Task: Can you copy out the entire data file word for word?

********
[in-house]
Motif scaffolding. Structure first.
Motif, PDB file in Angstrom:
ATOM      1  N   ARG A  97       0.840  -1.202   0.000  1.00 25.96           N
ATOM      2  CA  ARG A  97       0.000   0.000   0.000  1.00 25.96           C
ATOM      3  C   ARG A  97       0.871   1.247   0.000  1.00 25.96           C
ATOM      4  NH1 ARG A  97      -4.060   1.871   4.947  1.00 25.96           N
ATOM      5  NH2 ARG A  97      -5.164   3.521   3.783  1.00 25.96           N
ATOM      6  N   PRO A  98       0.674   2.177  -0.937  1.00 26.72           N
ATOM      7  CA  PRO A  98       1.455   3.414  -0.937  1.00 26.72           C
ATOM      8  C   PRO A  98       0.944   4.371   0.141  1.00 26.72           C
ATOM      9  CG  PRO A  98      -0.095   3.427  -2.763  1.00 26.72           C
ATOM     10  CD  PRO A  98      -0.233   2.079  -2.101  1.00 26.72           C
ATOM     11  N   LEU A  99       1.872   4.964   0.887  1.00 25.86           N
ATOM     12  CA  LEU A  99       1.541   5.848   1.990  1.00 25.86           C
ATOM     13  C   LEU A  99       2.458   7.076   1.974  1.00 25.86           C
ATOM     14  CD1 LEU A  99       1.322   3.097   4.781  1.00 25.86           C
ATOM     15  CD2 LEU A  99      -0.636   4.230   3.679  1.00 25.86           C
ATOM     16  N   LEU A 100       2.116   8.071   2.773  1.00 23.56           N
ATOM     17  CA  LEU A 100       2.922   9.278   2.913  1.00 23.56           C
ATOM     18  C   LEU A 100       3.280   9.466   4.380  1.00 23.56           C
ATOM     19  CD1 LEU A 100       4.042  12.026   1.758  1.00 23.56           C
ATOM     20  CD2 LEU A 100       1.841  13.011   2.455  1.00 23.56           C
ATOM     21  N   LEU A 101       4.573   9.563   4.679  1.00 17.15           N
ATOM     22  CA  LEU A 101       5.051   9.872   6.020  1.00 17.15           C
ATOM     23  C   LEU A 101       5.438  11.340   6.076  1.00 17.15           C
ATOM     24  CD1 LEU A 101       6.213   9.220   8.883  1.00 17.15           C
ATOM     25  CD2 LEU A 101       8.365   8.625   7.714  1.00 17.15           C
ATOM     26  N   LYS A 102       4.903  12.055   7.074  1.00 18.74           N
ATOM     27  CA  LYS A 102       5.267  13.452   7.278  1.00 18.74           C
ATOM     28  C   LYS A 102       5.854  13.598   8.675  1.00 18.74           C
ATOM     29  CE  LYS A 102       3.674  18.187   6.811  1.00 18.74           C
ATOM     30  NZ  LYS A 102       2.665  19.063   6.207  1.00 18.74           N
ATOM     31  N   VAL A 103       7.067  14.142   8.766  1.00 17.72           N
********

[in-house]
Motif scaffolding. Structure first.
Motif, PDB file in Angstrom:
ATOM      1  N   ARG A  97       0.840  -1.202   0.000  1.00 25.96           N
ATOM      2  CA  ARG A  97       0.000   0.000   0.000  1.00 25.96           C
ATOM      3  C   ARG A  97       0.871   1.247   0.000  1.00 25.96           C
ATOM      4  NH1 ARG A  97      -4.060   1.871   4.947  1.00 25.96           N
ATOM      5  NH2 ARG A  97      -5.164   3.521   3.783  1.00 25.96           N
ATOM      6  N   PRO A  98       0.674   2.177  -0.937  1.00 26.72           N
ATOM      7  CA  PRO A  98       1.455   3.414  -0.937  1.00 26.72           C
ATOM      8  C   PRO A  98       0.944   4.371   0.141  1.00 26.72           C
ATOM      9  CG  PRO A  98      -0.095   3.427  -2.763  1.00 26.72           C
ATOM     10  CD  PRO A  98      -0.233   2.079  -2.101  1.00 26.72           C
ATOM     11  N   LEU A  99       1.872   4.964   0.887  1.00 25.86           N
ATOM     12  CA  LEU A  99       1.541   5.848   1.990  1.00 25.86           C
ATOM     13  C   LEU A  99       2.458   7.076   1.974  1.00 25.86           C
ATOM     14  CD1 LEU A  99       1.322   3.097   4.781  1.00 25.86           C
ATOM     15  CD2 LEU A  99      -0.636   4.230   3.679  1.00 25.86           C
ATOM     16  N   LEU A 100       2.116   8.071   2.773  1.00 23.56           N
ATOM     17  CA  LEU A 100       2.922   9.278   2.913  1.00 23.56           C
ATOM     18  C   LEU A 100       3.280   9.466   4.380  1.00 23.56           C
ATOM     19  CD1 LEU A 100       4.042  12.026   1.758  1.00 23.56           C
ATOM     20  CD2 LEU A 100       1.841  13.011   2.455  1.00 23.56           C
ATOM     21  N   LEU A 101       4.573   9.563   4.679  1.00 17.15           N
ATOM     22  CA  LEU A 101       5.051   9.872   6.020  1.00 17.15           C
ATOM     23  C   LEU A 101       5.438  11.340   6.076  1.00 17.15           C
ATOM     24  CD1 LEU A 101       6.213   9.220   8.883  1.00 17.15           C
ATOM     25  CD2 LEU A 101       8.365   8.625   7.714  1.00 17.15           C
ATOM     26  N   LYS A 102       4.903  12.055   7.074  1.00 18.74           N
ATOM     27  CA  LYS A 102       5.267  13.452   7.278  1.00 18.74           C
ATOM     28  C   LYS A 102       5.854  13.598   8.675  1.00 18.74           C
ATOM     29  CE  LYS A 102       3.674  18.187   6.811  1.00 18.74           C
ATOM     30  NZ  LYS A 102       2.665  19.063   6.207  1.00 18.74           N
ATOM     31  N   VAL A 103       7.067  14.142   8.766  1.00 17.72           N